Having just written about having low (or no) expectations when travelling, we had some reservations about visiting Machu Picchu. For many travellers, the majestic ruins, often proceeded by the trek to reach them, is the pinnacle of their trip and the event around which they plan the rest of their travels. Not so for us. Indeed, the crazy amount of hype surrounding the ruins (witness the entire city of Cusco revolving around catering to this exact demand) made us, if anything, more inclined not to go. But eventually we thought we’d better not skip it, and we were so glad we didn’t. The other reason that we were thinking of skipping the whole thing is because after our two day trek through the mountains around Sucre, the very thought of trekking for four days at altitude was one that struck us as both hilarious and terrifying. It just wasn’t going to happen. But some friends we met on our Uyuni trip told us about a Jungle Trek that involved ziplining, mountain biking, and even white water rafting (sadly cancelled on our trip), to get to the ruins…all in all, a much more exciting prospect. When we got to Cusco we found that the Jungle Trek was almost as popular as the real thing (cue warning bells again). But we went with the company we were recommended, and so began three days of adrenaline and beautiful views, all making our way towards the ruins.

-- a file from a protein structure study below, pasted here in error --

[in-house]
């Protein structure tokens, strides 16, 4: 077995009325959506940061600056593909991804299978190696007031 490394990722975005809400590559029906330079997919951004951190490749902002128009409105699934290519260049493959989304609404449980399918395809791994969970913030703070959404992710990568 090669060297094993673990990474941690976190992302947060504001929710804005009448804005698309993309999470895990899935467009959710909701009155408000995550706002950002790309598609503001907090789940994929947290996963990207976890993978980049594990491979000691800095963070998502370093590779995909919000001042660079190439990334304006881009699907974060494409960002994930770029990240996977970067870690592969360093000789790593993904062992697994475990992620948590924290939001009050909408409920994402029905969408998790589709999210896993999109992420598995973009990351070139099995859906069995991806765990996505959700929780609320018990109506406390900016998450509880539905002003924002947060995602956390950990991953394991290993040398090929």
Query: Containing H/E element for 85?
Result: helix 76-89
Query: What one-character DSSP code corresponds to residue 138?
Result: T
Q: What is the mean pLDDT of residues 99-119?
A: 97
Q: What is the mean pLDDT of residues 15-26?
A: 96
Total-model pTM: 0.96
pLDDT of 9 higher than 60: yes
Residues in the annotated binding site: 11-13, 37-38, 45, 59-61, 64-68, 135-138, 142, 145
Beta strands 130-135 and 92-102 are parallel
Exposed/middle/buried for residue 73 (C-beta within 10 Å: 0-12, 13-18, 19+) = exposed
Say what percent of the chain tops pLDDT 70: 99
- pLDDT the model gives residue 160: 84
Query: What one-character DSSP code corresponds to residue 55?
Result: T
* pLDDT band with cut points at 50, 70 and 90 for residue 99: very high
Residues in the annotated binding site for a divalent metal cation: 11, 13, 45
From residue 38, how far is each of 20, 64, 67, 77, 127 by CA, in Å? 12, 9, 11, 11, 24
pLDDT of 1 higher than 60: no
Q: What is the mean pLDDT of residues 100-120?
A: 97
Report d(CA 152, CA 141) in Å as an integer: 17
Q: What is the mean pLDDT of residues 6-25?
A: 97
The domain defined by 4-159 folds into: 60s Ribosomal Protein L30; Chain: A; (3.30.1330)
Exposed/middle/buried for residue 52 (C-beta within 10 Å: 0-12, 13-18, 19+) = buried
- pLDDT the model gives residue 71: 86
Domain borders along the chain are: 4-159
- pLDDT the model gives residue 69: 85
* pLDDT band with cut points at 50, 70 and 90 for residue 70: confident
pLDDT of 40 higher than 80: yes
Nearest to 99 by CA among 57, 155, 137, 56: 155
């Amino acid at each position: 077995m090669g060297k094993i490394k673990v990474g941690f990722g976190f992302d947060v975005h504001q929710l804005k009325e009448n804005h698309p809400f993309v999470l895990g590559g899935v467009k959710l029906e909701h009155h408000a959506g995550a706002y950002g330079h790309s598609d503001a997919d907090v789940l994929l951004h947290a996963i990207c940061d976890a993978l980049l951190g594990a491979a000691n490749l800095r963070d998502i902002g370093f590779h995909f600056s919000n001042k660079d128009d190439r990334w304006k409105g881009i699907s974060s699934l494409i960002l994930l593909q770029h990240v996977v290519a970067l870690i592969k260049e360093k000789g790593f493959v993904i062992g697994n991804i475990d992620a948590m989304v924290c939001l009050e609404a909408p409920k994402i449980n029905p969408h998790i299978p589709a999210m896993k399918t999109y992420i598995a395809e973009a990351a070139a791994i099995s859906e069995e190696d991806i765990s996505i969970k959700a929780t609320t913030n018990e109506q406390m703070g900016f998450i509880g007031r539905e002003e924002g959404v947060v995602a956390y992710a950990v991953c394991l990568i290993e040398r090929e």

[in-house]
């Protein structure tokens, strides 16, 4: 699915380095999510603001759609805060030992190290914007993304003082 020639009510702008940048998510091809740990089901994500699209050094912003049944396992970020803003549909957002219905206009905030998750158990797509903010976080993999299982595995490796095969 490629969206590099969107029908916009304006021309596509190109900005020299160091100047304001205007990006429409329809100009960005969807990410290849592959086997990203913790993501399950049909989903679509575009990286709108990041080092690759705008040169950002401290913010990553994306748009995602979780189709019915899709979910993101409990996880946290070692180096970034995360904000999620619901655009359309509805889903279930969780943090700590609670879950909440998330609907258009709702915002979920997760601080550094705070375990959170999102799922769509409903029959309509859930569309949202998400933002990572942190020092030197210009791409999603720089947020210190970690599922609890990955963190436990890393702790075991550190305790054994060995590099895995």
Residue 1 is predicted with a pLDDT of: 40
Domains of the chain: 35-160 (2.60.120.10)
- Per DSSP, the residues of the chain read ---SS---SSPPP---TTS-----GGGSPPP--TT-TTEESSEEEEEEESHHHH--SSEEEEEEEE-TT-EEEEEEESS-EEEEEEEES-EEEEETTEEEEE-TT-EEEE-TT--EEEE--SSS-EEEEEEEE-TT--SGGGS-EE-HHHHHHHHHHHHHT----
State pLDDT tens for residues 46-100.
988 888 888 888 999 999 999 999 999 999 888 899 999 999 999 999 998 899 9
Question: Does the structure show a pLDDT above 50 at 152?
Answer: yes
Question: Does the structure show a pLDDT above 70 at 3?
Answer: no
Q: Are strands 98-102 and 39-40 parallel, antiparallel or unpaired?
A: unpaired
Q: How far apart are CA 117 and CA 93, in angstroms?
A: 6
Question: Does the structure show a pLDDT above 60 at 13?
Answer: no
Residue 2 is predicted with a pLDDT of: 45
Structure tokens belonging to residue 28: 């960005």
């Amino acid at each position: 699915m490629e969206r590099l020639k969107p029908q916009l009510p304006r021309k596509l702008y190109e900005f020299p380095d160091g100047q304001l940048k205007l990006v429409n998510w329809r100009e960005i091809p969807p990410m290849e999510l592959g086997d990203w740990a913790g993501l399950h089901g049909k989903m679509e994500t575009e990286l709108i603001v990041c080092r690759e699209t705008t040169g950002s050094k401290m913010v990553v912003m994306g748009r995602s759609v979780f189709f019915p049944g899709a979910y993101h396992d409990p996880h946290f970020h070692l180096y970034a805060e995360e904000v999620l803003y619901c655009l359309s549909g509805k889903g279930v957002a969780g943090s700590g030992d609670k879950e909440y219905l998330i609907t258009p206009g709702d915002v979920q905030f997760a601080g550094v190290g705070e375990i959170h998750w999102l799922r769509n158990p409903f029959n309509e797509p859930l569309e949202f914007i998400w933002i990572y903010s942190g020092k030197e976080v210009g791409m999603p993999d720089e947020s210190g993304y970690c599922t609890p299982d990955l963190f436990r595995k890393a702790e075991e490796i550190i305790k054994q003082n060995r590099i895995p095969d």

And what a prize awaited us…rising at 4am (stop laughing) to be at the gate when it opened at the bottom of the mountain, we climbed almost vertically, or so it felt, for just over an hour. Although our time was quite respectable, we were sweating, trembling, wheezing wrecks by the time we got to the top. How people can do four days of it is quite beyond me. We staggered through our two hour tour of the ruins before being left to our own devices for the rest of the day. We spent 10 hours at Machu Picchu, pretty much just looking at it. We’d find ourselves a nice quiet spot, sit down and just admire the view for an hour, before wandering off to find another angle, and look at the view from there, too. We found the place to be actually a little different than we’d imagined; after all, you only see one angle in most of the famous photos. But it was a tranquil experience that didn’t feel at all like 2,500 people a day squeeze through the gates. We even snuck in a nap in the sun at one point (4am start, remember).
Would Machu Picchu be such a big deal to modern travellers if it weren’t for its wonderful location? Possibly not, but its cultural, religious, and commercial significance is obvious from its size and the variety of activities carried out there. We had a wonderful day and for once, we were glad that the high expectations and hype didn’t cloud what turned out to be a fantastic experience, the memories of which we will carry with us as a highlight of this trip.